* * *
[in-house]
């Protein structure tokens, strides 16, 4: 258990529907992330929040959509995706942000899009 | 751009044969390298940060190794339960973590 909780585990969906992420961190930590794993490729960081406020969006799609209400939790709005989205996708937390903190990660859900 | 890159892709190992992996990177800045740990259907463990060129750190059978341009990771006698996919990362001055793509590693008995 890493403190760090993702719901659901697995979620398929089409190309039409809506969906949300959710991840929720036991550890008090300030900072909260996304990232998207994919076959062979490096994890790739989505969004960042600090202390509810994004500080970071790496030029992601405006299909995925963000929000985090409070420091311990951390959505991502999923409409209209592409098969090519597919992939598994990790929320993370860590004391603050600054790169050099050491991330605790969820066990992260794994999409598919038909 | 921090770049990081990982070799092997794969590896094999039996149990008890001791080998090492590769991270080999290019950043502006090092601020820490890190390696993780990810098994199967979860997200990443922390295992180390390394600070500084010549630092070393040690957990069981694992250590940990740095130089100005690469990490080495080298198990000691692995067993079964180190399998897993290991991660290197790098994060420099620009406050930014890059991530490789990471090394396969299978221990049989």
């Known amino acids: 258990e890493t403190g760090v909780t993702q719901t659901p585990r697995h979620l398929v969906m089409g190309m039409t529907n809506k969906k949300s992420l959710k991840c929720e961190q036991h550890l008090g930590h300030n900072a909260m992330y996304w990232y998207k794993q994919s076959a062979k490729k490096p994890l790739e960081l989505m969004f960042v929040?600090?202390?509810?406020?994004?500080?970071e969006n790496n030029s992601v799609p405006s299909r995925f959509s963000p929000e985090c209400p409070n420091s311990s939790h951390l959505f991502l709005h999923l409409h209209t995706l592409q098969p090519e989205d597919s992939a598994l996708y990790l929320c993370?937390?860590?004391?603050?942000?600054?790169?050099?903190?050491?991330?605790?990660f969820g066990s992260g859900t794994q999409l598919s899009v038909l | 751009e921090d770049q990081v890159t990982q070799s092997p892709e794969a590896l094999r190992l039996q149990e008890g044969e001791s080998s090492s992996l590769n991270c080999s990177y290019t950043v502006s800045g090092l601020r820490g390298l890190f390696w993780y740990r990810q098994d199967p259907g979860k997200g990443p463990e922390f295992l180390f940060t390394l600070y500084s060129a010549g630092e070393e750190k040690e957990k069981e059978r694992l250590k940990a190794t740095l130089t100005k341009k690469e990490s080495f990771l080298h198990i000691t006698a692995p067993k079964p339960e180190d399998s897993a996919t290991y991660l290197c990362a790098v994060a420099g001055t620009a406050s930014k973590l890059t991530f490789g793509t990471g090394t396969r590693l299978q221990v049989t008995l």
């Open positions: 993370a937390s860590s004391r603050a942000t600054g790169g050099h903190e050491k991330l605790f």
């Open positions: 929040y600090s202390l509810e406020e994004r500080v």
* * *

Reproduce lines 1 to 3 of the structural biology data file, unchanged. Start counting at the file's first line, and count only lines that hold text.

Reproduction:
[in-house]
């Protein structure tokens, strides 16, 4: 258990529907992330929040959509995706942000899009 | 751009044969390298940060190794339960973590 909780585990969906992420961190930590794993490729960081406020969006799609209400939790709005989205996708937390903190990660859900 | 890159892709190992992996990177800045740990259907463990060129750190059978341009990771006698996919990362001055793509590693008995 890493403190760090993702719901659901697995979620398929089409190309039409809506969906949300959710991840929720036991550890008090300030900072909260996304990232998207994919076959062979490096994890790739989505969004960042600090202390509810994004500080970071790496030029992601405006299909995925963000929000985090409070420091311990951390959505991502999923409409209209592409098969090519597919992939598994990790929320993370860590004391603050600054790169050099050491991330605790969820066990992260794994999409598919038909 | 921090770049990081990982070799092997794969590896094999039996149990008890001791080998090492590769991270080999290019950043502006090092601020820490890190390696993780990810098994199967979860997200990443922390295992180390390394600070500084010549630092070393040690957990069981694992250590940990740095130089100005690469990490080495080298198990000691692995067993079964180190399998897993290991991660290197790098994060420099620009406050930014890059991530490789990471090394396969299978221990049989």
């Known amino acids: 258990e890493t403190g760090v909780t993702q719901t659901p585990r697995h979620l398929v969906m089409g190309m039409t529907n809506k969906k949300s992420l959710k991840c929720e961190q036991h550890l008090g930590h300030n900072a909260m992330y996304w990232y998207k794993q994919s076959a062979k490729k490096p994890l790739e960081l989505m969004f960042v929040?600090?202390?509810?406020?994004?500080?970071e969006n790496n030029s992601v799609p405006s299909r995925f959509s963000p929000e985090c209400p409070n420091s311990s939790h951390l959505f991502l709005h999923l409409h209209t995706l592409q098969p090519e989205d597919s992939a598994l996708y990790l929320c993370?937390?860590?004391?603050?942000?600054?790169?050099?903190?050491?991330?605790?990660f969820g066990s992260g859900t794994q999409l598919s899009v038909l | 751009e921090d770049q990081v890159t990982q070799s092997p892709e794969a590896l094999r190992l039996q149990e008890g044969e001791s080998s090492s992996l590769n991270c080999s990177y290019t950043v502006s800045g090092l601020r820490g390298l890190f390696w993780y740990r990810q098994d199967p259907g979860k997200g990443p463990e922390f295992l180390f940060t390394l600070y500084s060129a010549g630092e070393e750190k040690e957990k069981e059978r694992l250590k940990a190794t740095l130089t100005k341009k690469e990490s080495f990771l080298h198990i000691t006698a692995p067993k079964p339960e180190d399998s897993a996919t290991y991660l290197c990362a790098v994060a420099g001055t620009a406050s930014k973590l890059t991530f490789g793509t990471g090394t396969r590693l299978q221990v049989t008995l």